When Trimethylsilyl Azide Preparation Goes Wrong
The photo above was taken by the University of Minnesota and reveals the aftermath of a laboratory explosion that occurred when synthesizing trimethylsilyl azide.
The reaction detonated with a force so great that it broke all sides of the fume hood, damaged the neighboring hood and broke an exterior window. The student was fortunate to receive minor burns and wounds from the flying glass and was released from the hospital.
Please click here to read about the precautions that must be taken when working with azido compounds.
Thermo Savant Refrigerated Vapor Trap Electrical Fire
We had a near miss in a laboratory that highlights the importance of reporting near misses. A Thermo Savant refrigerated vapor trap evaporator model RVT 4104-115 developed an internal short or electrical malfunction over a June weekend that caused the power cord to overheat and catch fire. The unit was in a chemical fume hood and we were fortunate that there was no other damage to the lab or surrounding equipment.
If you have a similar refrigerated vapor trap please ensure it is serviced properly and please report any near misses such as this so we can inform other laboratory personnel and potentially prevent an accident, fire or injury. Click here for more pictures .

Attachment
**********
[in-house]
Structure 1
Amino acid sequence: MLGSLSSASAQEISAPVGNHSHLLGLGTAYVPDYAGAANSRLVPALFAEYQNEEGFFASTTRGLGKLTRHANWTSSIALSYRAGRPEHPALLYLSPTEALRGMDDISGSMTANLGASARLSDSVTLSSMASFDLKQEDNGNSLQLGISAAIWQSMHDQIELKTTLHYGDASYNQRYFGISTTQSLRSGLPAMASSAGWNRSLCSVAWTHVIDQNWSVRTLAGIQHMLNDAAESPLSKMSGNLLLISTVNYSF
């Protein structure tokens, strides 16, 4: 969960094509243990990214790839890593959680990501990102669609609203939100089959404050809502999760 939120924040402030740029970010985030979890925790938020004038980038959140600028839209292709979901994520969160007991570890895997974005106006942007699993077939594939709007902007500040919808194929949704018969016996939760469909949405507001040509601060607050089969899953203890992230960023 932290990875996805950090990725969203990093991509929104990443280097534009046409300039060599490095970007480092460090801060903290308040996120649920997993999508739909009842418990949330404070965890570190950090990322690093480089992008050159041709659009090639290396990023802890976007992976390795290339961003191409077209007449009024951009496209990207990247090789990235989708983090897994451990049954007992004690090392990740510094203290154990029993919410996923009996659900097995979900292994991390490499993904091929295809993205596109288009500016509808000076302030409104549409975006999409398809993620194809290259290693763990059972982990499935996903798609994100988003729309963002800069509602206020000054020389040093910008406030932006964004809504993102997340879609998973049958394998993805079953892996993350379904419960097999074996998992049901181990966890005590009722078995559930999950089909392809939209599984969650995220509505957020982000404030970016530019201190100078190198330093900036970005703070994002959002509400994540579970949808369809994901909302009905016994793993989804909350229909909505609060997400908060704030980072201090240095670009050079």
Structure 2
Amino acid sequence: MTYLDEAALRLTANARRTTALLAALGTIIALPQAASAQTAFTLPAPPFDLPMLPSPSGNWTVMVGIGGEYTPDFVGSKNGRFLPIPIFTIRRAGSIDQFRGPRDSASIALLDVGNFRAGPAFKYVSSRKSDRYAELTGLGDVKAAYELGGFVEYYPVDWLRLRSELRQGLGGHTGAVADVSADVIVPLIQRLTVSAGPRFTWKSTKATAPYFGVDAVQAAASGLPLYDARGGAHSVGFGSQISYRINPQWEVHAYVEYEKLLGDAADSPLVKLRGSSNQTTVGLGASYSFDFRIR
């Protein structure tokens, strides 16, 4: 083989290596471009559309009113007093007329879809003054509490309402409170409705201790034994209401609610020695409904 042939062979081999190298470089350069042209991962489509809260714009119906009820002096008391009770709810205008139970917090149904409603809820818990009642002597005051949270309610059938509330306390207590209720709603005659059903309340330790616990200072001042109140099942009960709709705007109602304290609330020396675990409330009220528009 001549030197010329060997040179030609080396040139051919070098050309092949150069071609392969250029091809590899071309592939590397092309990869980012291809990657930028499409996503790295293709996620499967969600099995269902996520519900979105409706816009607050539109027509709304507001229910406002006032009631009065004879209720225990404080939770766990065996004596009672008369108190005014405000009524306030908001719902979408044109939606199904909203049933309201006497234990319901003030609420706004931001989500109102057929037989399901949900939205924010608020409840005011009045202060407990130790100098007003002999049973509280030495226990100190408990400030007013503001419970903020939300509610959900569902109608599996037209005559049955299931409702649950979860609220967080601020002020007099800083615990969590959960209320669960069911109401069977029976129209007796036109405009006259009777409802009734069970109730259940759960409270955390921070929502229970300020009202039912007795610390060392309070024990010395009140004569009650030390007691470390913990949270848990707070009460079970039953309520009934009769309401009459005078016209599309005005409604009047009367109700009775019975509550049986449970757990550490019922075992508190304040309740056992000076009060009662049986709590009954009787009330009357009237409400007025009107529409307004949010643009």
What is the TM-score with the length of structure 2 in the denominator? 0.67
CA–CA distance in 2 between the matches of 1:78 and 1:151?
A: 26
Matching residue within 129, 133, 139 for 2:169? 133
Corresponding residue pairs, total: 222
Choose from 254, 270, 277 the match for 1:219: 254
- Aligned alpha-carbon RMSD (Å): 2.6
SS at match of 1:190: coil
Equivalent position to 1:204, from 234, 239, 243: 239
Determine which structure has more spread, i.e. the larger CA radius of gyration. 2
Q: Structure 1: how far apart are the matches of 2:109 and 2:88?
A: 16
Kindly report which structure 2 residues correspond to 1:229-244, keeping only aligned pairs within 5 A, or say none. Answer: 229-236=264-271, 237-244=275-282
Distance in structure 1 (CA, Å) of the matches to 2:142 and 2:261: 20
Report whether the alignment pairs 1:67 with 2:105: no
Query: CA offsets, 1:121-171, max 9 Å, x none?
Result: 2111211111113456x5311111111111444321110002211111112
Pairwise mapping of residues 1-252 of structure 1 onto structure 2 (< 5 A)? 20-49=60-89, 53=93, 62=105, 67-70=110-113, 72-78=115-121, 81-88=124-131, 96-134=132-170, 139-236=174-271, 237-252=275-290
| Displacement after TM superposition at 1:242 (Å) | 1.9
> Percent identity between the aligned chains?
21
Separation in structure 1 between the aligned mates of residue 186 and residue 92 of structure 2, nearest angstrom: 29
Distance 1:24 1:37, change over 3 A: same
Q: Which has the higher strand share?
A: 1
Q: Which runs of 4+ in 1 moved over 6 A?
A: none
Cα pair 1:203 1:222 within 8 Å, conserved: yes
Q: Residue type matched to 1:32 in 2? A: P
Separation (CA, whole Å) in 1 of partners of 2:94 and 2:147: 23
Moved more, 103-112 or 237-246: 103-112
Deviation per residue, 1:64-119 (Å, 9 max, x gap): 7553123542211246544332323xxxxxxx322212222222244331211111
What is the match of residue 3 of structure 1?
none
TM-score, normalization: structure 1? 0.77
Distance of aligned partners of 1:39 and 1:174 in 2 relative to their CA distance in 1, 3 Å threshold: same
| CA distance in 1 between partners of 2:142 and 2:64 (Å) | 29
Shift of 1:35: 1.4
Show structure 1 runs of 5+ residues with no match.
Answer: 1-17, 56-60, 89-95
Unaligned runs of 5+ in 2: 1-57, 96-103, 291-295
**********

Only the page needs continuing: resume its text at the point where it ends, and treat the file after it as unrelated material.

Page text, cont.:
Shorts and Sandals are Appropriate for the Beach, but not the Lab
It is summer and this is the time of the year where laboratory personnel want to begin wearing shorts and sandals in the laboratories. Adequate protective clothing must be worn whenever working in the laboratory. “Adequate” means, at a minimum, clothing that falls below the knees and shoes that fully cover the feet. These, of course, are in addition to other personal protective equipment such as a lab coat, gloves and eye wear.
Please click here to read about the importance of ensuring you are properly clothed when working in a laboratory.
Radiation Safety Newsletter
If you are a Permit Holder do you know what the liquid scintillation counter (LSC) service & “retirement” requirements are? Do you know how to remove radionuclide users from permits? Find the answers to these questions and more in the recent Radiation Safety Newsletter found here